Traffic was switched onto the new span at 4 a.m. Tuesday, Oct. 12.
The bridge now has two lanes flowing in each direction, which expands to three lanes on the northbound side as it approaches Charles G. Seivers Boulevard.
But there are just single turn lanes in each direction, and one straight-through lane to Main Street for northbound traffic, which is causing some backups and delays, especially during heavy traffic periods.
Eventually, there will be two left-turn lanes to head toward Oak Ridge, two straight-through lanes, and a single right-turn lane to go toward Interstate 75.
What’s maybe even worse traffic-wise is what southbound motorists face, with just one left-turn lane coming from Oak Ridge and from I-75, and a single straight-through lane from Main Street onto the bridge.
Mid-afternoon on Monday, traffic was backed up about four blocks on Main Street waiting to get onto the bridge, and there were backups in the Seivers Boulevard turn lanes, as well, especially coming from I-75, although not as long.
Eventually there will once again be dual straight-through lanes from Main Street onto the new bridge, and dual left-turn lanes from westbound Seivers Boulevard onto the bridge. There will be only one right-turn lane from eastbound Seivers onto the bridge, which flows better anyway because of the right-turn-on-red policy.
Lynn Murphy, the city of Clinton’s liaison with the Tennessee Department of Transportation on the bridge project, explained the current traffic flow and remaining work to be done in an email to The Courier News.
“The current traffic plan and lane arrangement is a temporary one, and does not include the proposed center divider lane and two bike lanes,” he said. “The unused portion of the total bridge width will be used to continue work on the new bridge and both asphalt approaches. It will serve as a safe staging area for construction personnel and work vehicles.”
Some motorists who have used the bridge also have complained that the bridge is not as smooth as they thought it would be.
There’s a reason for that: Some of the paving has not been completed yet, Murphy said.
“The asphalt pavement on both bridge approaches requires an additional one-inch thick lift of asphalt topping,” he said. “This will improve the ride, particularly where the additional asphalt layer will smooth the transition between the concrete bridge deck and the asphalt approaches, where expansion joints are installed.”
Additionally, “Prior to opening the full width of the new bridge, the concrete bridge deck will have one-half inch deep grooves milled into the surface at staggered intervals, only a few inches apart, designed to aid with drainage and skid resistance,” Murphy said.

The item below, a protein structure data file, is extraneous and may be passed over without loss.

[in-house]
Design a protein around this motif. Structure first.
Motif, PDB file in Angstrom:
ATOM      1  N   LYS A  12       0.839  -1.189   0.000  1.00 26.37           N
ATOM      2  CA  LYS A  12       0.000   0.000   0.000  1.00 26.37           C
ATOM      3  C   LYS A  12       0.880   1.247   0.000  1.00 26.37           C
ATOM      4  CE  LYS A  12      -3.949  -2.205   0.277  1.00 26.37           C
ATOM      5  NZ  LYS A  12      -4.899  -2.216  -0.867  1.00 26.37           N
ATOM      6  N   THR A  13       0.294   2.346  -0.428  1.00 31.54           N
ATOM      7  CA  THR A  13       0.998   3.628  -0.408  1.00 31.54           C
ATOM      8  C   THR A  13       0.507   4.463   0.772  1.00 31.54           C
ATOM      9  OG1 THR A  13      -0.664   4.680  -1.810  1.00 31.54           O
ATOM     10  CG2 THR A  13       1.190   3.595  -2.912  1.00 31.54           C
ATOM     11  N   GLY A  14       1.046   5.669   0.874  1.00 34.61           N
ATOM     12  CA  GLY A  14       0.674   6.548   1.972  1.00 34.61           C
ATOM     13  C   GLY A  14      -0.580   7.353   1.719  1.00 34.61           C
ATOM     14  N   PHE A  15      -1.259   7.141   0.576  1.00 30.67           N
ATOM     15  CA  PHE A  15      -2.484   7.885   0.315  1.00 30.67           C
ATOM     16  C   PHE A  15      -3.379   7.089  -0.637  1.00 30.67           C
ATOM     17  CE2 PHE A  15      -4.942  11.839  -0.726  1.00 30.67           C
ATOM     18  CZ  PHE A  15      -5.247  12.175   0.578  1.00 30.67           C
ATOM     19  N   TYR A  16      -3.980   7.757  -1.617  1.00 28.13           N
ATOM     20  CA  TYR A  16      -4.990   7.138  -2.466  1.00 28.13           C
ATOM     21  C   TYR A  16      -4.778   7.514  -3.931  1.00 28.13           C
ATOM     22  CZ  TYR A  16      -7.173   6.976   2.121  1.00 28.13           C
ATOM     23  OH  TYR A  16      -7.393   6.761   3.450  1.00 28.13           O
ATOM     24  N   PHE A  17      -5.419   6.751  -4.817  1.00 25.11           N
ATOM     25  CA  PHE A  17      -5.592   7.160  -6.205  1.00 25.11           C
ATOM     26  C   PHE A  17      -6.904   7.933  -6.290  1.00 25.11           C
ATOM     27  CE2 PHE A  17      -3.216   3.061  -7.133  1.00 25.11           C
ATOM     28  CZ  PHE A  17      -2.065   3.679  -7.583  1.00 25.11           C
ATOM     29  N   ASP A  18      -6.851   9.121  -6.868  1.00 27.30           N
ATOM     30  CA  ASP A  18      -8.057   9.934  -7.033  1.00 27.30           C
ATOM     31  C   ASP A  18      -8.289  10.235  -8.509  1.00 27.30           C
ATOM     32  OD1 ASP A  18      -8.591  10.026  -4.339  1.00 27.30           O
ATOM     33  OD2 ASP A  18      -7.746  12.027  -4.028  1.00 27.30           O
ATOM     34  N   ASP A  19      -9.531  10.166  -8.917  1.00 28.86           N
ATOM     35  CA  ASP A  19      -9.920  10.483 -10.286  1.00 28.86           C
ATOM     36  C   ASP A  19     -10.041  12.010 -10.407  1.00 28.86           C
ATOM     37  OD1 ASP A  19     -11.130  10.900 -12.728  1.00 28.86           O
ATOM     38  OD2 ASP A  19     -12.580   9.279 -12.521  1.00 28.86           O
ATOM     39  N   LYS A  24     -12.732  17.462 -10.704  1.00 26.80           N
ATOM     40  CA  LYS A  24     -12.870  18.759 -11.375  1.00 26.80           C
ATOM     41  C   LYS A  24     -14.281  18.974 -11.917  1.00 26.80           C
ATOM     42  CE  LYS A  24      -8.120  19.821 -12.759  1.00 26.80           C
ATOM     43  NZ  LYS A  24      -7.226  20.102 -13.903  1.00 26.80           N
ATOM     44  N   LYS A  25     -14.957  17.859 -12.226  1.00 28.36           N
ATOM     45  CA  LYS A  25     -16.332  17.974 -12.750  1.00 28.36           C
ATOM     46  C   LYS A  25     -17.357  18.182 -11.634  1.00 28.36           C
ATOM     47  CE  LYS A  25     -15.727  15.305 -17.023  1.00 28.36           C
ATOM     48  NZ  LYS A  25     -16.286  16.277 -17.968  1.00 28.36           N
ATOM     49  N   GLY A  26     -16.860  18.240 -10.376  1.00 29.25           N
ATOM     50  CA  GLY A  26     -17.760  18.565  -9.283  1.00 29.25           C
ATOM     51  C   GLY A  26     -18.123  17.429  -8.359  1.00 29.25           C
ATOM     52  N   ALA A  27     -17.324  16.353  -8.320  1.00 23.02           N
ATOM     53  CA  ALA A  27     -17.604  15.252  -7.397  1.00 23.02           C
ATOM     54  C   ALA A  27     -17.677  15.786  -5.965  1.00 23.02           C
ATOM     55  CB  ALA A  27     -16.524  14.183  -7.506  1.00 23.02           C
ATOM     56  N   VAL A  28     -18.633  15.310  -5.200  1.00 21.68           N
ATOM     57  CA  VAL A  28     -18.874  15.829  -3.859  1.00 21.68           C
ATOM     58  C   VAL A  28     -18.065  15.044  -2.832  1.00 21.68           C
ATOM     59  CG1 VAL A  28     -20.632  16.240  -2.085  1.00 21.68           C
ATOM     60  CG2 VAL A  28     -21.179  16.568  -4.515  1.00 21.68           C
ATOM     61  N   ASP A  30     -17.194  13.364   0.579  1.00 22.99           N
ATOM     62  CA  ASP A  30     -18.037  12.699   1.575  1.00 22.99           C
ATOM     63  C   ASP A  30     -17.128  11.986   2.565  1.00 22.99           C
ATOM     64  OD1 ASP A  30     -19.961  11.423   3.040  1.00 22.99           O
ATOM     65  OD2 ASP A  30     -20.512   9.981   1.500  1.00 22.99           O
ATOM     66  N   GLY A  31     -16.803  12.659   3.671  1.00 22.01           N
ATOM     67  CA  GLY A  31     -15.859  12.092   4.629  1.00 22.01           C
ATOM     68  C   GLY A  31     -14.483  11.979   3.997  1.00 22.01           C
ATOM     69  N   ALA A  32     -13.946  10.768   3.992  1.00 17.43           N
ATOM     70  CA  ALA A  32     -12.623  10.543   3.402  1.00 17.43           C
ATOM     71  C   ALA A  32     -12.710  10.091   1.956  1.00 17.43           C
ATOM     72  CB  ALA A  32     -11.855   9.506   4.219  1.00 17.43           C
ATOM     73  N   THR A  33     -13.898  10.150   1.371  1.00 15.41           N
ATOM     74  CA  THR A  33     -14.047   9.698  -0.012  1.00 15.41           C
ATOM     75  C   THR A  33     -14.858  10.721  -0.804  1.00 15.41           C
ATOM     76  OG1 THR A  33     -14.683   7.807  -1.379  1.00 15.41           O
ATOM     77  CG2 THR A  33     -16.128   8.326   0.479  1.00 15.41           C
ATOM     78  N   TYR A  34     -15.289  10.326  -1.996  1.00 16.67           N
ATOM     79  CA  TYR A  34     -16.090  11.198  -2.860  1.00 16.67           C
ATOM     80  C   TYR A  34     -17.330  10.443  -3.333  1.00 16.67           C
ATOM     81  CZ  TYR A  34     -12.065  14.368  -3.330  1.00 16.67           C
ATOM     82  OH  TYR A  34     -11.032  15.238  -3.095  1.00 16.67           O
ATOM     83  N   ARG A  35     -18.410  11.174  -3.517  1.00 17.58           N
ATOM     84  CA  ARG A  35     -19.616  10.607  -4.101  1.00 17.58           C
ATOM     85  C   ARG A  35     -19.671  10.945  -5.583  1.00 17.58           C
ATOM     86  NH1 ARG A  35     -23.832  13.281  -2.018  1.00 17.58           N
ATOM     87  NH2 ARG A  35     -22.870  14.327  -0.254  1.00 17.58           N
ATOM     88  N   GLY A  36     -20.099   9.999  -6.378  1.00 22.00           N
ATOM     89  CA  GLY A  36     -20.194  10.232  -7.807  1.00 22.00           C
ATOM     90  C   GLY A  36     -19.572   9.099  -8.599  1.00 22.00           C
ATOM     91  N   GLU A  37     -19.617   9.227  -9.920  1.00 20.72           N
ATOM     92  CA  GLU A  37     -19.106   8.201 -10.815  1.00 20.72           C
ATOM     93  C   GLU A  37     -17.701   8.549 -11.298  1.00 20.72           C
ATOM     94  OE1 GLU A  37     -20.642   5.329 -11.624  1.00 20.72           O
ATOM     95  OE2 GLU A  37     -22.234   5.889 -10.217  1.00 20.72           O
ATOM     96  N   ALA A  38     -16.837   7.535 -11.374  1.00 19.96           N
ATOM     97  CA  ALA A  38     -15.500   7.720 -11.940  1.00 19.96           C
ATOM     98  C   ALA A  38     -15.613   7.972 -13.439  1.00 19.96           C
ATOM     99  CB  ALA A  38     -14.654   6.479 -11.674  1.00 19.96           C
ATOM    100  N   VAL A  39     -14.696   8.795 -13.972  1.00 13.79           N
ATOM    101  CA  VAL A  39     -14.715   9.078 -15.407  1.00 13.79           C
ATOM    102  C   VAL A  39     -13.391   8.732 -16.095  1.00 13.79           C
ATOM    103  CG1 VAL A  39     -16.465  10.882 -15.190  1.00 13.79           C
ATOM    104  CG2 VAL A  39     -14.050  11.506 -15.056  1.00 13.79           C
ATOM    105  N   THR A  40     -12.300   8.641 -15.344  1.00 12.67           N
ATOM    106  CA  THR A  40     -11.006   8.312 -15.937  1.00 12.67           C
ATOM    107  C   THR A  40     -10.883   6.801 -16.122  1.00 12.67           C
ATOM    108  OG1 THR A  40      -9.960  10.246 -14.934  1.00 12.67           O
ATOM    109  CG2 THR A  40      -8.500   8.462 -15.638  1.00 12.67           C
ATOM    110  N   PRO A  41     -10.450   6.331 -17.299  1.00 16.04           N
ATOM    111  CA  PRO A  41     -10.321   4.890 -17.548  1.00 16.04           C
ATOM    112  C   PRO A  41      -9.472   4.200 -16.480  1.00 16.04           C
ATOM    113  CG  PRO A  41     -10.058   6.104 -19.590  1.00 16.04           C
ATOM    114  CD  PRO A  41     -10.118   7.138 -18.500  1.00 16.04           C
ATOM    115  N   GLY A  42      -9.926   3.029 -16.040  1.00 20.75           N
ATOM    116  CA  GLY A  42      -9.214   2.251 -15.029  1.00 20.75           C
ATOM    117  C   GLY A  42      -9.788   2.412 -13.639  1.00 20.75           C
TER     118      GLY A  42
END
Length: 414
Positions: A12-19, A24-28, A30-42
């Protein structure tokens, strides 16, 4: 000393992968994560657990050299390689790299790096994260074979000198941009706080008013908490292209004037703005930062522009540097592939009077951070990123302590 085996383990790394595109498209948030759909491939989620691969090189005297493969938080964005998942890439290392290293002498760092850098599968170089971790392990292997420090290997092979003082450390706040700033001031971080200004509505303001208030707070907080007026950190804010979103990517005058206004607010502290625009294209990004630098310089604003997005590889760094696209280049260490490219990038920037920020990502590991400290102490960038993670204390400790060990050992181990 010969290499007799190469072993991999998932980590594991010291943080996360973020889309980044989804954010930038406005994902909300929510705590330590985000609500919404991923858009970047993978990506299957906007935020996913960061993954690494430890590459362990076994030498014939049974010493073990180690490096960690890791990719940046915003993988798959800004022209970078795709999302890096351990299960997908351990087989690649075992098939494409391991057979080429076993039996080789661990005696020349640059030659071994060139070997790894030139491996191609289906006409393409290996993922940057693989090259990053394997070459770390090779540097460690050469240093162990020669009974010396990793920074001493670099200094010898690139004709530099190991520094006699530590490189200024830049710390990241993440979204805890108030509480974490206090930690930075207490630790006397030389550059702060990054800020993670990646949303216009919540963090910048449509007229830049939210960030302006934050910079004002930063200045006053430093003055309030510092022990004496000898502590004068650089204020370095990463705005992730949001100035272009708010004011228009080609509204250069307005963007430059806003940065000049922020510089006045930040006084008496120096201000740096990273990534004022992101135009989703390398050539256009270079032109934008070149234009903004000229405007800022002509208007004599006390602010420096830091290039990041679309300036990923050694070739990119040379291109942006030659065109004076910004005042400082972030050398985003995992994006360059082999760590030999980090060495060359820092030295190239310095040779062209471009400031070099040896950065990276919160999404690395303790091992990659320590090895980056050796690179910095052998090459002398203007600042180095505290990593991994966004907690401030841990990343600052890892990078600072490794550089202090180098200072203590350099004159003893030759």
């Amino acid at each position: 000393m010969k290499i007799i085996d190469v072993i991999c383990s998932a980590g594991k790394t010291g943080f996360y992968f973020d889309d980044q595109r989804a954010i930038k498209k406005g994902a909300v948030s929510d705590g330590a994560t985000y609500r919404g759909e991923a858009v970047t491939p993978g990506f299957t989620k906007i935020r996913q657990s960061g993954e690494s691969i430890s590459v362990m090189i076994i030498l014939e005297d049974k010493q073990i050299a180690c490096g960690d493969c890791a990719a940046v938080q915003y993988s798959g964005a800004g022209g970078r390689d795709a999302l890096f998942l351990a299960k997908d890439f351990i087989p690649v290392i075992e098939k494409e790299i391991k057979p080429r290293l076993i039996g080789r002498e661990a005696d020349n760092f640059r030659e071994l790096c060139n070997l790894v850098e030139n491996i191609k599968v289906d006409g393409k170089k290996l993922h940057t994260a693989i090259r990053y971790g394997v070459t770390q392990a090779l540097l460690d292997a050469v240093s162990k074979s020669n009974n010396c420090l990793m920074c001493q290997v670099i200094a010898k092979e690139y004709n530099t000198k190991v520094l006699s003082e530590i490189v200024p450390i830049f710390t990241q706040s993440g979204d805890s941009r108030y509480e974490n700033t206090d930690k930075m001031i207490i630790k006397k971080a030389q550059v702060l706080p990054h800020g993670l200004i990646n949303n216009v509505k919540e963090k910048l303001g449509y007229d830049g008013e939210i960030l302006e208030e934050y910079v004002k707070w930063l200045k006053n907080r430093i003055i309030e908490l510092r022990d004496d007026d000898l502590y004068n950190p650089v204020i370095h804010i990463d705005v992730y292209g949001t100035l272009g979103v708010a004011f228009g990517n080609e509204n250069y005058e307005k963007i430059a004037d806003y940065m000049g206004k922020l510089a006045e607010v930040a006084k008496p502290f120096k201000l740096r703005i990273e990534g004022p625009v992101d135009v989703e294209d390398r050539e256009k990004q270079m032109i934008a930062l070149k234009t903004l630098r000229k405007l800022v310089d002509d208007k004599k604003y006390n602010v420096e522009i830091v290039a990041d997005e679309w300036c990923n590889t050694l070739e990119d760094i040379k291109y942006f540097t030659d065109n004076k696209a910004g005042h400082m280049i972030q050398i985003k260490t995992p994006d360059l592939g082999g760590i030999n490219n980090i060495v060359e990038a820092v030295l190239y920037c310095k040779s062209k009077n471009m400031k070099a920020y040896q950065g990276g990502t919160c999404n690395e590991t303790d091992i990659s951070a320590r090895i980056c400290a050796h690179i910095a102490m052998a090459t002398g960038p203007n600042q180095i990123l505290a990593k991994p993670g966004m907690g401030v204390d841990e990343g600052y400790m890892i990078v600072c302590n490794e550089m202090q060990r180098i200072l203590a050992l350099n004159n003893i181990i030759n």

“When the bridge deck and approaches are ready for their full width to be utilized, new thermoplastic pavement markings and traffic control signs will be installed, creating the eight-feet-wide dividing buffer to separate opposing traffic lanes, and a four-feet-wide bike lane traveling in each direction.”
Murphy said the street lighting on the new bridge “will be operating soon, and the bridge handrails are being painted to match the color of the street light poles (green).”
As for the approaches, he said:
“The current temporary plan for northbound traffic is using one left-turn lane, one straight through lane, and one right-turn lane. The permanent traffic plan has two exclusive left-turn lanes toward Oak Ridge, two straight through lanes onto South Main Street, and one exclusive right-turn lane toward Norris.”
He added: “One sidewalk on the new bridge is now open and functional, on the northbound side.”
In a report to the city on Aug. 24, Murphy, said:
“The three-year contract between TDOT and Blalock for both the construction of a new bridge and the demolition of the old bridge (for $27,735,614.56) expires on August 31, 2021. Obviously, the remaining work will take several months to complete.”
Murphy said the bridge replacement project began Sept. 17, 2018, so it has now been underway more than three years.
Demolition of the old (Green Bridge) will begin shortly after all traffic is moved to the new bridge, Murphy said. Presumably, that won’t occur until all work on the new bridge’s traffic lanes, bike lanes and sidewalks is finished, as the construction crews are now using the old bridge to stage their construction equipment and materials.
The new bridge will carry the same official name as the one it is replacing, Murphy said: The Hon. William Everett Lewallen Memorial Bridge, or Lewallen Bridge for short.